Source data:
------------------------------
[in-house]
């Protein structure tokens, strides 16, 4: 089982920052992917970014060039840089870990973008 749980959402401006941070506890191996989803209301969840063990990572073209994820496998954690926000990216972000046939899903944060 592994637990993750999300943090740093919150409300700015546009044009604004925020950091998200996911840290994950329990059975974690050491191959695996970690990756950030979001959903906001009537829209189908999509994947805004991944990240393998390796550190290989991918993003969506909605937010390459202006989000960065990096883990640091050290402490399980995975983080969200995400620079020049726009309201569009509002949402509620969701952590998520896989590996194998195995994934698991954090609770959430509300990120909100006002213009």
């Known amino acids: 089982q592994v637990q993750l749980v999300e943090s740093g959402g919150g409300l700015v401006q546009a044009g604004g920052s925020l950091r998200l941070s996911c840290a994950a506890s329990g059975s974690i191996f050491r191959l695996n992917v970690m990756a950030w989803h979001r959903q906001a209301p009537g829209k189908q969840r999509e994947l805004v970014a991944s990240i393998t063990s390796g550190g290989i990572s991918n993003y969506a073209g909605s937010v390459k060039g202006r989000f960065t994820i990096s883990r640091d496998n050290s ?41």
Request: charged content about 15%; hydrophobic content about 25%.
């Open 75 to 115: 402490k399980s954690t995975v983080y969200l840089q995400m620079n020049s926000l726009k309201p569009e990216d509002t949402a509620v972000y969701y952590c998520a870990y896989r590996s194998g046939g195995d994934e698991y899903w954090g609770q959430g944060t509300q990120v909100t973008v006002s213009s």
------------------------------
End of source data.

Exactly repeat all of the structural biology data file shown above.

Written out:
[in-house]
């Protein structure tokens, strides 16, 4: 089982920052992917970014060039840089870990973008 749980959402401006941070506890191996989803209301969840063990990572073209994820496998954690926000990216972000046939899903944060 592994637990993750999300943090740093919150409300700015546009044009604004925020950091998200996911840290994950329990059975974690050491191959695996970690990756950030979001959903906001009537829209189908999509994947805004991944990240393998390796550190290989991918993003969506909605937010390459202006989000960065990096883990640091050290402490399980995975983080969200995400620079020049726009309201569009509002949402509620969701952590998520896989590996194998195995994934698991954090609770959430509300990120909100006002213009």
């Known amino acids: 089982q592994v637990q993750l749980v999300e943090s740093g959402g919150g409300l700015v401006q546009a044009g604004g920052s925020l950091r998200l941070s996911c840290a994950a506890s329990g059975s974690i191996f050491r191959l695996n992917v970690m990756a950030w989803h979001r959903q906001a209301p009537g829209k189908q969840r999509e994947l805004v970014a991944s990240i393998t063990s390796g550190g290989i990572s991918n993003y969506a073209g909605s937010v390459k060039g202006r989000f960065t994820i990096s883990r640091d496998n050290s ?41």
Request: charged content about 15%; hydrophobic content about 25%.
């Open 75 to 115: 402490k399980s954690t995975v983080y969200l840089q995400m620079n020049s926000l726009k309201p569009e990216d509002t949402a509620v972000y969701y952590c998520a870990y896989r590996s194998g046939g195995d994934e698991y899903w954090g609770q959430g944060t509300q990120v909100t973008v006002s213009s």